In 1995, there was a drawing of lots to send out national messiahs worldwide. I prayed for the most difficult mission place, perhaps a small country in faraway Africa, and my prayer was answered. I drew Togo, West Africa. Togo is a small country, home to 6 million people, that lies between Ghana and Benin and south of the Sahara, the largest desert on Earth. That was the first time I had heard of that country. Another member, Mr. Hong Shik Moon, was very interested in Africa, so we went to Togo together. I paid [then] $3,000 to ship a twenty-foot container of material to Togo. We filled it with 150 volumes of True Father's speeches, materials necessary to set up the New Community Movement, such as vinyl, a water pump, many types of seeds, agricultural tools, a car, six sewing machines, and all types of clothing.
Sixteen years ago, it was difficult to find information about West Africa. I asked bookstores, travel agencies and other national messiahs, but I found next to nothing. Nonetheless, I departed for Togo with curiosity, passion and a sense of mission as the national messiah. When I arrived there, I found that everything was strange and unfamiliar to me.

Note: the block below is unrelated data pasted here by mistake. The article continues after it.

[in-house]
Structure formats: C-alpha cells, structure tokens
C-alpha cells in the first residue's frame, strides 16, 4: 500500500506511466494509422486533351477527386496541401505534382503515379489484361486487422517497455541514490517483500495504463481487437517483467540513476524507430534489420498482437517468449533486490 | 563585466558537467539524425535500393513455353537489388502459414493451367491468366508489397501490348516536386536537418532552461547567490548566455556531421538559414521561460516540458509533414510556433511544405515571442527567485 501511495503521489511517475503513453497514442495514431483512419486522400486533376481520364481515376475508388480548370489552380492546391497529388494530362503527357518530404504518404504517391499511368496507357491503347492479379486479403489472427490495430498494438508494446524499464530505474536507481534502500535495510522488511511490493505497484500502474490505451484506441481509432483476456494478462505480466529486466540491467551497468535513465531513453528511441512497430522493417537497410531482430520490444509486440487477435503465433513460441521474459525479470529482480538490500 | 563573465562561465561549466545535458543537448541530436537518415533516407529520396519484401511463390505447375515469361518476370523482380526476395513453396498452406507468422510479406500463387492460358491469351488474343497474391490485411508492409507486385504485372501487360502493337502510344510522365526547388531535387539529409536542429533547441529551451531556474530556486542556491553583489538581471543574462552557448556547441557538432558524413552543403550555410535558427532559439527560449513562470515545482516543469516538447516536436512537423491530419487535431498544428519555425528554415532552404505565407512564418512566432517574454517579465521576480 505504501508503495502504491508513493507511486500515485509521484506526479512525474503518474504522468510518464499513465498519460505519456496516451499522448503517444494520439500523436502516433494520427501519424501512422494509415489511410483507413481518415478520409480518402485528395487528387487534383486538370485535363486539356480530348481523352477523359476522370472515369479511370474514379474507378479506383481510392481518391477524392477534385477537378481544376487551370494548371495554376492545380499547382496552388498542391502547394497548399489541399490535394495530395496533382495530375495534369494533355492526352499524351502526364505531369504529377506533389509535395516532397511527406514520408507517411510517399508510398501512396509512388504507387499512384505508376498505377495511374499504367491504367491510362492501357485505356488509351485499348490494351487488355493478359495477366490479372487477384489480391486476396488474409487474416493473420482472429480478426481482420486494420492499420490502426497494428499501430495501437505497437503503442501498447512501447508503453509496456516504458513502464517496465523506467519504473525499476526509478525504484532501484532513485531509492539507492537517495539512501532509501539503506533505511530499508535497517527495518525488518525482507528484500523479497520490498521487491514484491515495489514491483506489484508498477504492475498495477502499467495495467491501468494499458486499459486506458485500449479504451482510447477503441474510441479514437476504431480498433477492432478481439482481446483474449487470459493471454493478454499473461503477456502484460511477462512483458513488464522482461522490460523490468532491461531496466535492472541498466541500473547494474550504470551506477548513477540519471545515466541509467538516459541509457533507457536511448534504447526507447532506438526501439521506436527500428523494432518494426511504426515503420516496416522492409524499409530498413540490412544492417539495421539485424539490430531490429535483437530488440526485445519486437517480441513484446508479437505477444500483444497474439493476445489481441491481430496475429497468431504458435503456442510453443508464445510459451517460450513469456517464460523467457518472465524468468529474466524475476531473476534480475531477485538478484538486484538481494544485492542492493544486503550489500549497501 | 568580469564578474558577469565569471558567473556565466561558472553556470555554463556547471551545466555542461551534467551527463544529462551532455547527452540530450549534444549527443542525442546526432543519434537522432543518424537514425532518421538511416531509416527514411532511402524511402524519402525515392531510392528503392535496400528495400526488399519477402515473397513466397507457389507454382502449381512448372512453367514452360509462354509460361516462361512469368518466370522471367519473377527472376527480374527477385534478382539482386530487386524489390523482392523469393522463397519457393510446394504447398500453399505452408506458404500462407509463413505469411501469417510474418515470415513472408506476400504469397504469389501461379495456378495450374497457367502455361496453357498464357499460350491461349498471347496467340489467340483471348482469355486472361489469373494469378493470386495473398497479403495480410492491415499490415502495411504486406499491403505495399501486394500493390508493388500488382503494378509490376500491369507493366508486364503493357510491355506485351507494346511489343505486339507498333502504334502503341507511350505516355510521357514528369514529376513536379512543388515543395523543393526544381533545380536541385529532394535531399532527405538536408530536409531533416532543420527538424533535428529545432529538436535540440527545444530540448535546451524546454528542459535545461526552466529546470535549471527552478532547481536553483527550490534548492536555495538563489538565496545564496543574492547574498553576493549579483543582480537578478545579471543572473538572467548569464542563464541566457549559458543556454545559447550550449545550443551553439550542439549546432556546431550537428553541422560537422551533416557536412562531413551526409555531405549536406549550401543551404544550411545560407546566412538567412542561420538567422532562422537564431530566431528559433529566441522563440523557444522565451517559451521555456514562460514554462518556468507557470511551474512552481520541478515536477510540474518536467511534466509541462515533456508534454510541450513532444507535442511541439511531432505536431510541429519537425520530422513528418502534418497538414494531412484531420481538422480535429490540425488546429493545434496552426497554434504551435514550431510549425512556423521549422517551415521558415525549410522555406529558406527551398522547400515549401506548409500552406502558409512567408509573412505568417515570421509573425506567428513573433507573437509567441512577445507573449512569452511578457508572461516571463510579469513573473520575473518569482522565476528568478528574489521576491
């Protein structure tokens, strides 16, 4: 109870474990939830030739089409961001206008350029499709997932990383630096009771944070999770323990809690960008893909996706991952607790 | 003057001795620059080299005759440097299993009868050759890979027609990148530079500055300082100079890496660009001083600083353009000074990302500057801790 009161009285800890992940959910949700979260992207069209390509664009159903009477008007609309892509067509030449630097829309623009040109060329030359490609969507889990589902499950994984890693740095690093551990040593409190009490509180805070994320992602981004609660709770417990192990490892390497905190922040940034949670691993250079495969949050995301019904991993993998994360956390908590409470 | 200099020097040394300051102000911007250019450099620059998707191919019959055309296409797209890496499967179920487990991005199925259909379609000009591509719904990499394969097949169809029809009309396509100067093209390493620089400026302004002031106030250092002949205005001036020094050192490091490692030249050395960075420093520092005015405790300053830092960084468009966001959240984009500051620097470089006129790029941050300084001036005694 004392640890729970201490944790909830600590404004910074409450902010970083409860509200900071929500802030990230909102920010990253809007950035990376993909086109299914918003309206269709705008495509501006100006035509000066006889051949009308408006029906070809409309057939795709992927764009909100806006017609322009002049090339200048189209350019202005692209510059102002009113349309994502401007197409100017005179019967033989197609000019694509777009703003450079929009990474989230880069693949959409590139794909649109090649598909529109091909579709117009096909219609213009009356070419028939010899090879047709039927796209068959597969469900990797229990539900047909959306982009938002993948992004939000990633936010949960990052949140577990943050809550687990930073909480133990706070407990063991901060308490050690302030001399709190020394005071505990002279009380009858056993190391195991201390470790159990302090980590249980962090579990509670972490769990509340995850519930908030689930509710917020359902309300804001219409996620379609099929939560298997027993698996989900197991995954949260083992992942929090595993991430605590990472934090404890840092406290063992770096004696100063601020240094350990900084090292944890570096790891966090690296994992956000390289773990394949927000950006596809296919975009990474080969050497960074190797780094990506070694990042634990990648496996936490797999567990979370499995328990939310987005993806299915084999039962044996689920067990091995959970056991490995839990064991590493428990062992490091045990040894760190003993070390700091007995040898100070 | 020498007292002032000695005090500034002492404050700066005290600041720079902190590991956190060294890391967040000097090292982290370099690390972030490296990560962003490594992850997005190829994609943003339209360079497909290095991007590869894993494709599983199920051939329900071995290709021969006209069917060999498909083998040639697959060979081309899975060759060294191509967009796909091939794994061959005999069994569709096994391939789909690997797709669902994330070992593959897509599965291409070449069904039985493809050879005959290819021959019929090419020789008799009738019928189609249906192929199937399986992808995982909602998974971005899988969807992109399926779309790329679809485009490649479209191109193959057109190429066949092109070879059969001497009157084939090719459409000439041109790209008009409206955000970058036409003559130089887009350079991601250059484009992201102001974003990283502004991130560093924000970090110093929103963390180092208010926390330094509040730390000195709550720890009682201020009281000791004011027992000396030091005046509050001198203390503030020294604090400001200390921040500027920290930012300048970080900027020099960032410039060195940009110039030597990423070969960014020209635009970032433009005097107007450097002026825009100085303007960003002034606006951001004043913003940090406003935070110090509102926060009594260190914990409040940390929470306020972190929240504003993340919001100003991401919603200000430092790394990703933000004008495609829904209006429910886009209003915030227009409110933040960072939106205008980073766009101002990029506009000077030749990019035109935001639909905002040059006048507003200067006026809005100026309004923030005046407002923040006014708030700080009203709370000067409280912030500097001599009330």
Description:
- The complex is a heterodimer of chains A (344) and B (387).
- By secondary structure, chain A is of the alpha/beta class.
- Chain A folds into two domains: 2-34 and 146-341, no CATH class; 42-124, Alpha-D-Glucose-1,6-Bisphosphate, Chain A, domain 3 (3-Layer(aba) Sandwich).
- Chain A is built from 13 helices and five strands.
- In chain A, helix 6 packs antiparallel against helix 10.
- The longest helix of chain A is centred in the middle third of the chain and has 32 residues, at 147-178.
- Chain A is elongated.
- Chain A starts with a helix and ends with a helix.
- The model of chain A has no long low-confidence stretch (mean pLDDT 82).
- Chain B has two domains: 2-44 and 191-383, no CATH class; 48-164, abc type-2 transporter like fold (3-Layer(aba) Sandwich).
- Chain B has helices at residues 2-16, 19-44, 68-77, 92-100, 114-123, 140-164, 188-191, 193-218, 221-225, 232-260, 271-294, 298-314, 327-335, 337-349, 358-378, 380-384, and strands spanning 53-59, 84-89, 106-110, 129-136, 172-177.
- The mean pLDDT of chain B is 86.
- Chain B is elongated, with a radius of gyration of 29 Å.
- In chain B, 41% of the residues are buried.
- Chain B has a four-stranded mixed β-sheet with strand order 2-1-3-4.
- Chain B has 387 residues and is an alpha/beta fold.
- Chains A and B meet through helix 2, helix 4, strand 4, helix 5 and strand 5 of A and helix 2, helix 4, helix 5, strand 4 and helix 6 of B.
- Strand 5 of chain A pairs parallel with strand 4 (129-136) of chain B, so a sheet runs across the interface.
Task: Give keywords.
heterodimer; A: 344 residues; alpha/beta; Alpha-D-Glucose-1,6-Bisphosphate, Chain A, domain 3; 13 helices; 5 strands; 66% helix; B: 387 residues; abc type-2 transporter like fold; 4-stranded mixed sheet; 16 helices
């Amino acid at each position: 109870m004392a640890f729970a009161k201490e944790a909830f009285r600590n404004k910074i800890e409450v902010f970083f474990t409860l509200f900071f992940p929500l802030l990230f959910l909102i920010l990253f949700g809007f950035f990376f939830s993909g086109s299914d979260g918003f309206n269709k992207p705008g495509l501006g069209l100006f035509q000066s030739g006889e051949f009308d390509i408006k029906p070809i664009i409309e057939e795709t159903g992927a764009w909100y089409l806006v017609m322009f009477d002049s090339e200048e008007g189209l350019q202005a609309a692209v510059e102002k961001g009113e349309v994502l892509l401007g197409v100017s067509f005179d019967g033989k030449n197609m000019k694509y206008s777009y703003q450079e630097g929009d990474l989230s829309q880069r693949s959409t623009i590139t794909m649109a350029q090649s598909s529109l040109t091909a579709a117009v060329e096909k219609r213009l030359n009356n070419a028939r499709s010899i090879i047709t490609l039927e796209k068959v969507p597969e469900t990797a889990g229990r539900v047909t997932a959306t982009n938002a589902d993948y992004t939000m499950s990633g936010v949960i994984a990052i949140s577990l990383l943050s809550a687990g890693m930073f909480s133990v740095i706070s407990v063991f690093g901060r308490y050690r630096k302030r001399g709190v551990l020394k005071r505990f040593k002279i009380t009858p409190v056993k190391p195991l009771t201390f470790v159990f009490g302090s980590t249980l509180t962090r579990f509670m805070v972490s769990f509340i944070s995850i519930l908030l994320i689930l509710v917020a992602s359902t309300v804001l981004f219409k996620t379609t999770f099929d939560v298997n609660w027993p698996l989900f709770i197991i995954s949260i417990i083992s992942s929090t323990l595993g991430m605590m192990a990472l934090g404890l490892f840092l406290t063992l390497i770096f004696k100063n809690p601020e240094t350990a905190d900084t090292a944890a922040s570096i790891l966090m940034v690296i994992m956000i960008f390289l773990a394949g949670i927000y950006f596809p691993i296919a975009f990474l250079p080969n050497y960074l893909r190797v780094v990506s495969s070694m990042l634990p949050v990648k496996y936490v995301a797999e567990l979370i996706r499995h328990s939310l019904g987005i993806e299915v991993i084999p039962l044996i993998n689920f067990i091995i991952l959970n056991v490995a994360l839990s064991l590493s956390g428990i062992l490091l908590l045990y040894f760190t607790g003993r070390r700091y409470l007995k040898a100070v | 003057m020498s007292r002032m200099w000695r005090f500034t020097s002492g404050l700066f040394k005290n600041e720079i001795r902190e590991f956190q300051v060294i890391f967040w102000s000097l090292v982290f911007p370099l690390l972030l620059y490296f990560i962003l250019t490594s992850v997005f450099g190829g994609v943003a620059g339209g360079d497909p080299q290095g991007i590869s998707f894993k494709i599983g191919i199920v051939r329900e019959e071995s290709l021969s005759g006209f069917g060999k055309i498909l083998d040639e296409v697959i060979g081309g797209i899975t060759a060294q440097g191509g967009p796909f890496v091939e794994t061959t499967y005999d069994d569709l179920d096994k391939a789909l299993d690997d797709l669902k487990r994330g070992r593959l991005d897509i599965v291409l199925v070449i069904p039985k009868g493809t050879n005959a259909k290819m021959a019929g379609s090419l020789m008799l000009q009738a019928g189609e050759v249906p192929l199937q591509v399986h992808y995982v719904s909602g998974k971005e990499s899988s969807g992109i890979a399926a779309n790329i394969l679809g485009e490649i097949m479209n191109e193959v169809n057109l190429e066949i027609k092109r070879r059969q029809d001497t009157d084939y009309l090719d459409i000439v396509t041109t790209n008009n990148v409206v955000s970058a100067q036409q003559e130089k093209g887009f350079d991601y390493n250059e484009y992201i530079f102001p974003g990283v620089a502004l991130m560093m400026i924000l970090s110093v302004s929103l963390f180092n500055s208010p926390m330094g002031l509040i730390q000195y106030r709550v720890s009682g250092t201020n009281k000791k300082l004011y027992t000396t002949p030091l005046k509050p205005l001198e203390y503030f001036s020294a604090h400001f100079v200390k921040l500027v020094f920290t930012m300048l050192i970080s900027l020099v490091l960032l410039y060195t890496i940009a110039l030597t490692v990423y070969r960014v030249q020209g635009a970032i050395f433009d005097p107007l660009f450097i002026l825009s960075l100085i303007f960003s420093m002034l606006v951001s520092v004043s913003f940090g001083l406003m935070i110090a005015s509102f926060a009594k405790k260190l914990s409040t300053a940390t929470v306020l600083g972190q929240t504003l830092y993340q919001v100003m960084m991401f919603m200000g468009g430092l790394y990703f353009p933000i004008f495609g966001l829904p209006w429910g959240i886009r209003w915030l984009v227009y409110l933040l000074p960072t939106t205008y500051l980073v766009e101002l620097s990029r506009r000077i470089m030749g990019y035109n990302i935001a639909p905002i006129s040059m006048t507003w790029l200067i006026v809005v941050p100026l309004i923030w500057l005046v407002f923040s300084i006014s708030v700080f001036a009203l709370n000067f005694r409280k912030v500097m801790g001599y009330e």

Thankfully, with help from National Leader Kagni of the Togo church and other members, I was able to reclaim my container with some difficulty. I then attempted to commence my mission work through the New Community Movement, but it was impossible to do so. This was primarily because I did not know French, Togo's official language and English was not taught in schools, so Togolese were unfamiliar with even broken English. I could not even leave the church doorstep by myself.